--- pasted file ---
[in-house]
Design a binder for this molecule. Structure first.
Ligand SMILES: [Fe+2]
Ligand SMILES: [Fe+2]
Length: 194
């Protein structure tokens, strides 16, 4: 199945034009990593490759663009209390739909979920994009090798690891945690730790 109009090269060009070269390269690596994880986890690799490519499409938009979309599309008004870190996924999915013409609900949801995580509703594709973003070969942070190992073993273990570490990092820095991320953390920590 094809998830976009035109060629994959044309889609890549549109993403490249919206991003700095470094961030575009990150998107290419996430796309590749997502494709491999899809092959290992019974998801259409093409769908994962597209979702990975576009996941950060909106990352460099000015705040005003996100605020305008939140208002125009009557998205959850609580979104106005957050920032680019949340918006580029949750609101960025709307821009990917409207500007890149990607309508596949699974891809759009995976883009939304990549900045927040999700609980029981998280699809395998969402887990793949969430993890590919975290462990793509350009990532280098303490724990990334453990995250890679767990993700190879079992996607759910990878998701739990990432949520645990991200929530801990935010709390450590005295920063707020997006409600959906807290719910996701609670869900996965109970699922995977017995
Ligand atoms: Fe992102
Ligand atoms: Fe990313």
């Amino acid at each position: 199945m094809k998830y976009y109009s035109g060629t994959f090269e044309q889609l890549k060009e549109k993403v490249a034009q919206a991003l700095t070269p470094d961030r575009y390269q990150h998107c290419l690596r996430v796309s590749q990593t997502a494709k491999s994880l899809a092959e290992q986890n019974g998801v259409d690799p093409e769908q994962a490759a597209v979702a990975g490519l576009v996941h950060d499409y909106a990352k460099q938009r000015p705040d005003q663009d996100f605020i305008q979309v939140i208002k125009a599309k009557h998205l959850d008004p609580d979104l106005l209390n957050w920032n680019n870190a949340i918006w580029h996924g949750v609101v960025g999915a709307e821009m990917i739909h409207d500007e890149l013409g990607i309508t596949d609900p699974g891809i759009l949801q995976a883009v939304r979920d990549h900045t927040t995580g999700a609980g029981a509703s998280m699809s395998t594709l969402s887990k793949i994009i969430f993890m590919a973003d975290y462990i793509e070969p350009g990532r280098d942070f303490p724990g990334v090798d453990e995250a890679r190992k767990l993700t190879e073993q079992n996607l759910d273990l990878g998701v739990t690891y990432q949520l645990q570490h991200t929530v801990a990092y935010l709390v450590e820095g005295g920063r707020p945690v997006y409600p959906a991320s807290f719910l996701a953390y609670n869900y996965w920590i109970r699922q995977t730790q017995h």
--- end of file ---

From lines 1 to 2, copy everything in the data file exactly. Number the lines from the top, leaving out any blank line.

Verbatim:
[in-house]
Design a binder for this molecule. Structure first.